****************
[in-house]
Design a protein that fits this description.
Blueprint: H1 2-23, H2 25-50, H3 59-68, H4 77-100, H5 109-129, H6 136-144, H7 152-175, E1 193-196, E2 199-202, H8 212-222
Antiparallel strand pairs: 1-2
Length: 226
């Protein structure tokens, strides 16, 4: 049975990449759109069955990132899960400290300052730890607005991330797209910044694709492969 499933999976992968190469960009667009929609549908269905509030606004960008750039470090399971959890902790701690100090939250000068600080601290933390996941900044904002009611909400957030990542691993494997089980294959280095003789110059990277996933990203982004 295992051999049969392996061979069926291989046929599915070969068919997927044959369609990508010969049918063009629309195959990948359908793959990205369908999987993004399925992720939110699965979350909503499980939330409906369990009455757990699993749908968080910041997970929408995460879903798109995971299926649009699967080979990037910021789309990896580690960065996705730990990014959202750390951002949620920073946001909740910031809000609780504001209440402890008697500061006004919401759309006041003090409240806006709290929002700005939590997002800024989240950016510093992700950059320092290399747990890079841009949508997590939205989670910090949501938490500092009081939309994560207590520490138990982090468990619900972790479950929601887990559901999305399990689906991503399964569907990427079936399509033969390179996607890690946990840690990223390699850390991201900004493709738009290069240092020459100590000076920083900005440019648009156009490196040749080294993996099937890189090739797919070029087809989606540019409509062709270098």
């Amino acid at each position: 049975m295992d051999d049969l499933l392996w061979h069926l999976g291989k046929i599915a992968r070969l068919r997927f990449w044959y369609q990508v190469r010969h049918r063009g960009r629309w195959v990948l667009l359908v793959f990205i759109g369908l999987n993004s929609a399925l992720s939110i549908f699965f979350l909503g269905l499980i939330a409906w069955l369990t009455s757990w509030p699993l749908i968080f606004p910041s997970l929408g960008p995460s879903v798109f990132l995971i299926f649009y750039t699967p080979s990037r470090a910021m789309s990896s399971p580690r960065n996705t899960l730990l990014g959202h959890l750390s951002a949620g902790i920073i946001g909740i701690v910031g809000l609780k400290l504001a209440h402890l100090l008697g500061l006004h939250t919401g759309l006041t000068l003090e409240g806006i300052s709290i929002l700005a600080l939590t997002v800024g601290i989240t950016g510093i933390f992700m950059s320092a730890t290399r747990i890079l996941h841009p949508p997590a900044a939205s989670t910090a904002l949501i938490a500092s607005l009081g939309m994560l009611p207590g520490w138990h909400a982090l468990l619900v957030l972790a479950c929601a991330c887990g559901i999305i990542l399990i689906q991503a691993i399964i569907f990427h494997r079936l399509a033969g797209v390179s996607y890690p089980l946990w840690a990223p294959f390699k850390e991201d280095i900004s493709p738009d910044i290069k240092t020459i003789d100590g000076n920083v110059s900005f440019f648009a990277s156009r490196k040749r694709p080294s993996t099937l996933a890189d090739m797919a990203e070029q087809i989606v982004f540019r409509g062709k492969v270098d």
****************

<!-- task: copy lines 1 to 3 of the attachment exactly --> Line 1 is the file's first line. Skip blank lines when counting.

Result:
[in-house]
Design a protein that fits this description.
Blueprint: H1 2-23, H2 25-50, H3 59-68, H4 77-100, H5 109-129, H6 136-144, H7 152-175, E1 193-196, E2 199-202, H8 212-222